7
$\begingroup$

SpaceX's drone ships have a vehicle that drives under a booster after landing and then clamps onto it to secure it. Photos of it suggest that it has neither ballast nor any way to clamp onto the drone ship.

So how heavy is it, compared to a landed and thus low-on-fuel booster? How heavy would it have to be to stay fairly motionless despite wind loads, deck tilting, and ship maneuvers?

(Here's a detailed history of the Octagrabbers.)

$\endgroup$
2
  • $\begingroup$ If you can find an answer, I would love to know. Details are pretty scant. Are you going to distingusih between the original or the two currently in use? Whether there are 3 or 2 (1 updated) is also unclear. $\endgroup$
    – geoffc
    Commented Nov 3, 2020 at 0:01
  • 3
    $\begingroup$ Before the octograbbers, crew would board the ASDS and literally weld the legs to the floor. However, there was one mission, where they couldn't board the ASDS and had to bring the rocket back unsecured. There is some great time lapse video footage of the rocket sliding back and forth on the deck, but AFAIR, they did not lose the rocket. So, considering that even in non-trivial weather conditions, they did not need to secure the rocket at all, I suspect the weight requirements are not that high. $\endgroup$ Commented Nov 3, 2020 at 7:31

2 Answers 2

4
$\begingroup$

Bottom line: Octograbber is dead weight ballast that lowers the Falcon9 center of gravity. No rare earth magnets, suction cups or Velcro are needed.

Dry mass of Falcon9 1st stage is 25,600kg. About 5000kg of this is the 9 Merlin engines and the landing legs. This would put the center of mass roughly 1/3 up the vertical length.

The Octagrabber is very heavily built. This photo shows the base plate about 10cm thick, assuming the road tires are 1 meter in diameter (some of the thickness is I-beam flange).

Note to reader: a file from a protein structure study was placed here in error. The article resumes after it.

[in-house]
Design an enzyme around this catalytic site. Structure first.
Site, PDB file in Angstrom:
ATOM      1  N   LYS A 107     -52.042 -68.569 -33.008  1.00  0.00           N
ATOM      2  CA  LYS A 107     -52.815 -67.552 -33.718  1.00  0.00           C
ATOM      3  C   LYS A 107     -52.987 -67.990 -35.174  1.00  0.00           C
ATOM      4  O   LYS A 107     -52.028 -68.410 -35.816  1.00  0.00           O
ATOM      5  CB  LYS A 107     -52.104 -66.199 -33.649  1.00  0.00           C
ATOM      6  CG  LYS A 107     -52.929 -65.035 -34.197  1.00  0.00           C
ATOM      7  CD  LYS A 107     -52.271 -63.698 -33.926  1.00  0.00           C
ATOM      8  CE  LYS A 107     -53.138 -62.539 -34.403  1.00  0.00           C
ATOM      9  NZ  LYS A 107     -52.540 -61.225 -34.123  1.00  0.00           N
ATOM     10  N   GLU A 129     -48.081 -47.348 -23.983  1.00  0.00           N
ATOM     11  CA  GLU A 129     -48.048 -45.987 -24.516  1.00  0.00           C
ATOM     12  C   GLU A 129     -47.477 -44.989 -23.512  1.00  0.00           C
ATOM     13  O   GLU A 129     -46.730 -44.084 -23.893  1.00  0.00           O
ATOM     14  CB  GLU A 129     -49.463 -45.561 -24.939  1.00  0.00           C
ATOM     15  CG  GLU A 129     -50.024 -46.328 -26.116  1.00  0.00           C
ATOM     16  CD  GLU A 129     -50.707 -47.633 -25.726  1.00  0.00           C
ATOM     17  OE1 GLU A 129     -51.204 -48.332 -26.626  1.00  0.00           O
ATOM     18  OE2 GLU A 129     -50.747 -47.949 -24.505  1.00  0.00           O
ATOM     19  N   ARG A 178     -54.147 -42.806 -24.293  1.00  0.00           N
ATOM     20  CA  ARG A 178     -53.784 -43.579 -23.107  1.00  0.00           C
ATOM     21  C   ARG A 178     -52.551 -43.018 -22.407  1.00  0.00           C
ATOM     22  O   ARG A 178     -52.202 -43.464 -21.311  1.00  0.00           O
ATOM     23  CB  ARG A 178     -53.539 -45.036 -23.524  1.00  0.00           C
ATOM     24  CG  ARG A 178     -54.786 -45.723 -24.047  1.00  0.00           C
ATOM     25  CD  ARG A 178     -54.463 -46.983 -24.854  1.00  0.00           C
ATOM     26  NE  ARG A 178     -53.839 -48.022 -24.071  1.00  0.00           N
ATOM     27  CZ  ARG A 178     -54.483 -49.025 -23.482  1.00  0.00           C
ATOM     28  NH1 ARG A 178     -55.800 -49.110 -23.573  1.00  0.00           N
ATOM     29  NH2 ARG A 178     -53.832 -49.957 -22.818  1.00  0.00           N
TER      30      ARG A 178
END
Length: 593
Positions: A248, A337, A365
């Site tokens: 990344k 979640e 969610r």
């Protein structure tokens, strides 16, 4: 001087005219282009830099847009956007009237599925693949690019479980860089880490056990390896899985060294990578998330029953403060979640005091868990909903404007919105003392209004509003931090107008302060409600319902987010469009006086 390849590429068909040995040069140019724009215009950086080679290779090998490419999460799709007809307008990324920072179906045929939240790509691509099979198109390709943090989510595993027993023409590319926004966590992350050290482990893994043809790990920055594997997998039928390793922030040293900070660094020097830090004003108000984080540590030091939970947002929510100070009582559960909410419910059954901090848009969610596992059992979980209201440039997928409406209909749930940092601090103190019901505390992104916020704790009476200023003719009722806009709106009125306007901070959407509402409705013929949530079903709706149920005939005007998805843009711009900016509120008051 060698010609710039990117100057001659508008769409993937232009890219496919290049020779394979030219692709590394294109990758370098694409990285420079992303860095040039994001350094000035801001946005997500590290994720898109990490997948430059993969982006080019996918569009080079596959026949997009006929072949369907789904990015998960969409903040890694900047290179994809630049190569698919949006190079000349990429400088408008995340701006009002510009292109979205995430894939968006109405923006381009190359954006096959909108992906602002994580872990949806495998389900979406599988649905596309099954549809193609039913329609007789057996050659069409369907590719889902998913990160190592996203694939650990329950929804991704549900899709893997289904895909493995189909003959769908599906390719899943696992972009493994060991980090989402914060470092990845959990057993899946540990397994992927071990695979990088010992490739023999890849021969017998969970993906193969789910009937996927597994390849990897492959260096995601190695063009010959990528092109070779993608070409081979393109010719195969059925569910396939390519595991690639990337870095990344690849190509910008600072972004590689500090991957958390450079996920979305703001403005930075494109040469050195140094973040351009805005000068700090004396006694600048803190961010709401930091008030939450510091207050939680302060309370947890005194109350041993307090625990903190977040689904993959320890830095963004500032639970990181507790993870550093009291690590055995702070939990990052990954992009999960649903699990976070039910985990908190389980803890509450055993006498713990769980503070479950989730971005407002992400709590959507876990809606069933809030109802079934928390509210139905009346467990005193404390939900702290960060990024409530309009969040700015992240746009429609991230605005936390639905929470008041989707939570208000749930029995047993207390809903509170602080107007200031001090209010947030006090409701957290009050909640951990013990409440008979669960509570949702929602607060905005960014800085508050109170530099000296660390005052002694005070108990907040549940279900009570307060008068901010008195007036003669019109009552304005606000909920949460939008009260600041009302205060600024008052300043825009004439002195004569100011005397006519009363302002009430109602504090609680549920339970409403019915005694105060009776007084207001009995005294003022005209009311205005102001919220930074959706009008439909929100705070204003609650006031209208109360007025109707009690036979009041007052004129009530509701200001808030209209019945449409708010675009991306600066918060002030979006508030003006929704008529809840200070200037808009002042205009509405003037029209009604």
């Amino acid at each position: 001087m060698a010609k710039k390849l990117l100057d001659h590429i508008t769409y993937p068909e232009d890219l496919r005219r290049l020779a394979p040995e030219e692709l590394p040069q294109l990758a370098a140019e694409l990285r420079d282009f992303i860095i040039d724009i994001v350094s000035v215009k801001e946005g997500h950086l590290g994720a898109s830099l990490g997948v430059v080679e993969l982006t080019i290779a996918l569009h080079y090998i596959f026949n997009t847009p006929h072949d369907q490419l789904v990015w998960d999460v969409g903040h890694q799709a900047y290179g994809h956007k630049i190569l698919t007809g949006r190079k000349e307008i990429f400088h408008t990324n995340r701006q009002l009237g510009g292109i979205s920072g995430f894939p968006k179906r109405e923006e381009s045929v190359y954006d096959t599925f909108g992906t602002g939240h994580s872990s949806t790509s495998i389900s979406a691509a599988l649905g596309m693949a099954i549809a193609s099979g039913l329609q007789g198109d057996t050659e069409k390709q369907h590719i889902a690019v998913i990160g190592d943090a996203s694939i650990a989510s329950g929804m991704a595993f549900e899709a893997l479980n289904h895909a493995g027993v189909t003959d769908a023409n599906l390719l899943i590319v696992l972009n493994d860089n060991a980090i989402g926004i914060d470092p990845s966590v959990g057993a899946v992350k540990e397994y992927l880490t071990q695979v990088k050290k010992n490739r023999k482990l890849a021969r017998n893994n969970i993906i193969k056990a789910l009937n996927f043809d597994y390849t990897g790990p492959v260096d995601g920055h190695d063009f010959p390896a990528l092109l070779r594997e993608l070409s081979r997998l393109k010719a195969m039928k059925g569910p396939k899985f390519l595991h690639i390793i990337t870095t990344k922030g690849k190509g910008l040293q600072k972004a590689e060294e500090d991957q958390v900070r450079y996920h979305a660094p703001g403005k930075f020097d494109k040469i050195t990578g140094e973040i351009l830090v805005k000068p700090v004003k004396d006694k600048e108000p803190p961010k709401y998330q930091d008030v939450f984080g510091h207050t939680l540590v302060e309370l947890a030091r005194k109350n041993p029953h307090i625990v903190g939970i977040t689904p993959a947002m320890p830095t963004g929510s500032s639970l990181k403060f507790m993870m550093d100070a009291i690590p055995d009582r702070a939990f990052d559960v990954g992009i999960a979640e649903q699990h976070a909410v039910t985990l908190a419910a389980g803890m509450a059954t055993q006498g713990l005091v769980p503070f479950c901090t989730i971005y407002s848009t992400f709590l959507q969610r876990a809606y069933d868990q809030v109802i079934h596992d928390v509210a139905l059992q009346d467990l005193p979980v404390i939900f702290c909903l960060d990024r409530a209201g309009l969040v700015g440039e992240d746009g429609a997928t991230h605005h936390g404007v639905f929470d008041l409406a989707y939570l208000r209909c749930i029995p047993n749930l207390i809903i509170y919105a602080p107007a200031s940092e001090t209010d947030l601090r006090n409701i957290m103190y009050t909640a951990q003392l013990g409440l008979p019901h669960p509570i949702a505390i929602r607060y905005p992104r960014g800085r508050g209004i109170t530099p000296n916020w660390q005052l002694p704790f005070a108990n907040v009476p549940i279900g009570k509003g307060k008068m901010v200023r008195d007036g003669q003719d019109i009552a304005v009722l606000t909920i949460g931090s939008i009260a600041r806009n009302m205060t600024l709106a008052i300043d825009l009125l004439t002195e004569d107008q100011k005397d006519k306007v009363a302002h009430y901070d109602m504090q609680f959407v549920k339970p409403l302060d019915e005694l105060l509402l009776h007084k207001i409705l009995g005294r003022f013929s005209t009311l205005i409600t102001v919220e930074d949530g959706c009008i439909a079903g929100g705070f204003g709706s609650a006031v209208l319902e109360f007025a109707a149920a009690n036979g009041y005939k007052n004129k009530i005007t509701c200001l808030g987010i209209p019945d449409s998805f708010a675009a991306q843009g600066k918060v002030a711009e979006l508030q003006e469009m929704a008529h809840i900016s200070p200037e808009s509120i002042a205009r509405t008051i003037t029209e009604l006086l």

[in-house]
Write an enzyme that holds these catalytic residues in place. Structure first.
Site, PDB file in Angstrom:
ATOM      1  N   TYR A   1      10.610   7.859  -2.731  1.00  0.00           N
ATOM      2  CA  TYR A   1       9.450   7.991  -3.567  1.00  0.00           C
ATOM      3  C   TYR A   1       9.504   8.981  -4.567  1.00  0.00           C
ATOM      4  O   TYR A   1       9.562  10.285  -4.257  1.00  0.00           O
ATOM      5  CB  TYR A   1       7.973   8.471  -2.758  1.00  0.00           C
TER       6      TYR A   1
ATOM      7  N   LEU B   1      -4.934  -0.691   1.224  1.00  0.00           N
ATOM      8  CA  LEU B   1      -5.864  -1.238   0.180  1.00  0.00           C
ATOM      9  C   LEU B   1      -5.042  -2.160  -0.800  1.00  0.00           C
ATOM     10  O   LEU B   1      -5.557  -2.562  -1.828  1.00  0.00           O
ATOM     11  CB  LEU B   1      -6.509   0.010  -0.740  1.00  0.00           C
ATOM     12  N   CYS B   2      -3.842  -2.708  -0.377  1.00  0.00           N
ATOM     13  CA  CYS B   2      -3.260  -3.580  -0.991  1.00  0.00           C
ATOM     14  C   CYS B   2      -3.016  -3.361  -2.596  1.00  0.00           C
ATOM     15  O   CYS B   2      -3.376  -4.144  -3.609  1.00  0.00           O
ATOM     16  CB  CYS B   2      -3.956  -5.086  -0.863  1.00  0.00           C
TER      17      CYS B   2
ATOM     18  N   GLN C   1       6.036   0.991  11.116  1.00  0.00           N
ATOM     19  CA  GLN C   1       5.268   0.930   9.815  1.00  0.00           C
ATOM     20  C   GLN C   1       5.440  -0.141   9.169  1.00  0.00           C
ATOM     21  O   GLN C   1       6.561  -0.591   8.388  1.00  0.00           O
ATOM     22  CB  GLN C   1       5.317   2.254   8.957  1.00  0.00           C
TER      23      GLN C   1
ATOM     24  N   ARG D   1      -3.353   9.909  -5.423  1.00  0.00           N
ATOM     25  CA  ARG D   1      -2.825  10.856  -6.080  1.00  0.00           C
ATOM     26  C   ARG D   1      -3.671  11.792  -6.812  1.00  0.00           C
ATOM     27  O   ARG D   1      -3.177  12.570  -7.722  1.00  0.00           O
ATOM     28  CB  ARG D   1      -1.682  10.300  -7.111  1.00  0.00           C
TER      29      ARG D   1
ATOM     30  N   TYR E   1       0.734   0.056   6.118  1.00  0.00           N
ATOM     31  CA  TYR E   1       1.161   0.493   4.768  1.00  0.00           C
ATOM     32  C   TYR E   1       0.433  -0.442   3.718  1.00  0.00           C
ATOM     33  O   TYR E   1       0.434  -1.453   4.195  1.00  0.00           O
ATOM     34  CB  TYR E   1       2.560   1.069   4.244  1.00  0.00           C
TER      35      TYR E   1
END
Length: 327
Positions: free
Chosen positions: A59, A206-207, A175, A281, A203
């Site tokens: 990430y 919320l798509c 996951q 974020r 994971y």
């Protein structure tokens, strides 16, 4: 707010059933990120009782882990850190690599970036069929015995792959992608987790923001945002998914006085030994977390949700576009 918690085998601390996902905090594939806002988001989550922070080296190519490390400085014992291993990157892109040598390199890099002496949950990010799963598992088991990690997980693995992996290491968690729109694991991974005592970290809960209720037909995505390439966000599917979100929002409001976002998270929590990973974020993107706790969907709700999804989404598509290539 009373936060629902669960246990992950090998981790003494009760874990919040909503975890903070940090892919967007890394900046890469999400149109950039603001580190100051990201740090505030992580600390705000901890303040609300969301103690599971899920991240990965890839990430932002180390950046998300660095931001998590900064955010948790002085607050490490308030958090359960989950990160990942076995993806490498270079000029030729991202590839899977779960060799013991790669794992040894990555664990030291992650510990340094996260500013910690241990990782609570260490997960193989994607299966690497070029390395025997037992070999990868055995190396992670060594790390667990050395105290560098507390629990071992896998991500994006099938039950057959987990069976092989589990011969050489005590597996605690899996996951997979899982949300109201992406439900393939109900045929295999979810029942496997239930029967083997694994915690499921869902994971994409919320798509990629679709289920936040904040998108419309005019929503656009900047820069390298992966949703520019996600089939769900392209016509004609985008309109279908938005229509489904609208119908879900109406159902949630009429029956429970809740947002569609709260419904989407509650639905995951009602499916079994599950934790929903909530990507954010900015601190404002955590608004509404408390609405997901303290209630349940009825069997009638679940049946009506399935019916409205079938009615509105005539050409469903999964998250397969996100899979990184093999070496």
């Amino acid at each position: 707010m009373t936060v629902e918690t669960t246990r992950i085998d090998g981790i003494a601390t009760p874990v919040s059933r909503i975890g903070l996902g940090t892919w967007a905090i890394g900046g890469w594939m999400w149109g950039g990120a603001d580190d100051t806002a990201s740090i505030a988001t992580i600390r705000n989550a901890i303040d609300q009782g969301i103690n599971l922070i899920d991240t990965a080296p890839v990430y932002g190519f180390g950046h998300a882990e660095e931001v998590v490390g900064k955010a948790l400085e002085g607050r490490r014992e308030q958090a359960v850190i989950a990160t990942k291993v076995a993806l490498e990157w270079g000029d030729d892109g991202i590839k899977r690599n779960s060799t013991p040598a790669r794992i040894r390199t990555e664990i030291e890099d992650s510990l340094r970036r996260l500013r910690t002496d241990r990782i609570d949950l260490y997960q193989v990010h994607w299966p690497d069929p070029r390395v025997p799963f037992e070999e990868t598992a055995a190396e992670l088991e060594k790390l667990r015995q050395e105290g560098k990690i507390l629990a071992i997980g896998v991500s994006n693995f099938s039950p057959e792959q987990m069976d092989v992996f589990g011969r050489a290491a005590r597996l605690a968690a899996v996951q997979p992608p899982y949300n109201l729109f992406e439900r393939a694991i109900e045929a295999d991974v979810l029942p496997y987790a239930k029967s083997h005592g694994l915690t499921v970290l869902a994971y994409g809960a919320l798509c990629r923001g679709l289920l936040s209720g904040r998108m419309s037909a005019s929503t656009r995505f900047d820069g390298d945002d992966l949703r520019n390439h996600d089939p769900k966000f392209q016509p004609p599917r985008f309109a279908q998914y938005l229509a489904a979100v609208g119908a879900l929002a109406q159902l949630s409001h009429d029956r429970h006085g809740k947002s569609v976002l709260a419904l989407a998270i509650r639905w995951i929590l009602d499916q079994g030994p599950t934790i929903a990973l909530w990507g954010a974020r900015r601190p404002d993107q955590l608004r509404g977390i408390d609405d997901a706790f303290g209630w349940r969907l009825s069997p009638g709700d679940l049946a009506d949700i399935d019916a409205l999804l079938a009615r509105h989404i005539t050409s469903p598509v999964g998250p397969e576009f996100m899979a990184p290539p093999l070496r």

enter image description here

The area of the Octagrabber is about 150 m^2, assuming the figure in the photo is 180cm tall

enter image description here

If we model the Octagrabber as a 10cm thick steel plate with an area of 150m^2, and a density of 7.7 tons/m^2, that gives a mass of 120,000 kg. Clamped to the Falcon9, this gives a low enough CM the assembly ain't going nowhere.

of course, this is a estimate. But it is in line with the load capacity of the pneumatic tires on the dolly. 18 pairs of tandem wheels with 500lb capacity per inch of tread width gives 160,000kg capacity for that dolly.

Point is, the designers of Octograbber can lower the CM of the assembly as low as they desire with enough dumb steel. It only needs to keep Falcon9 vertical until the crew comes aboard and chains it to the hard points on the deck

enter image description here

$\endgroup$
1
  • $\begingroup$ Great find, that photo of the trailer, followed by solid analysis. $\endgroup$ Commented Feb 6, 2023 at 0:04
-2
$\begingroup$

I would imagine it's a combination of weight (lowering the booster's centre of gravity) and energised magnetic attachment to the steel deck (either from the Octagrabber itself, or from under the deck).

The dry mass of a F9 first stage is 25.6 tonnes (lets say 26 tonnes after landing with residual propellant on board).

In the images I've seen, there's a power/control cable extending from the Octagrabber to the side of the barge it's deployed from. This could not only provide the means to power and control the device as it moves under the booster, but also actuate neodymium magnets that would secure it to the deck without damaging the deck from welding.

$\endgroup$
2
  • 1
    $\begingroup$ While plausible this starts with 'I would imagine' making it a comment rather than an answer. Even with the fairly private practices of SpaceX preventing a quoted source it would benefit from including some photos of the octo grabber and identifying possible magnets, since they would be cable of being lowered into contact with the deck - note that while it is possible to turn on and off neodymium magnets for a job like this you would almost certainly use electromagnets which have a pretty distinctive appearance $\endgroup$ Commented Jan 27, 2023 at 4:45
  • 1
    $\begingroup$ Does not answer the titular question. $\endgroup$ Commented Jan 27, 2023 at 6:09

Your Answer

By clicking “Post Your Answer”, you agree to our terms of service and acknowledge you have read our privacy policy.

Not the answer you're looking for? Browse other questions tagged or ask your own question.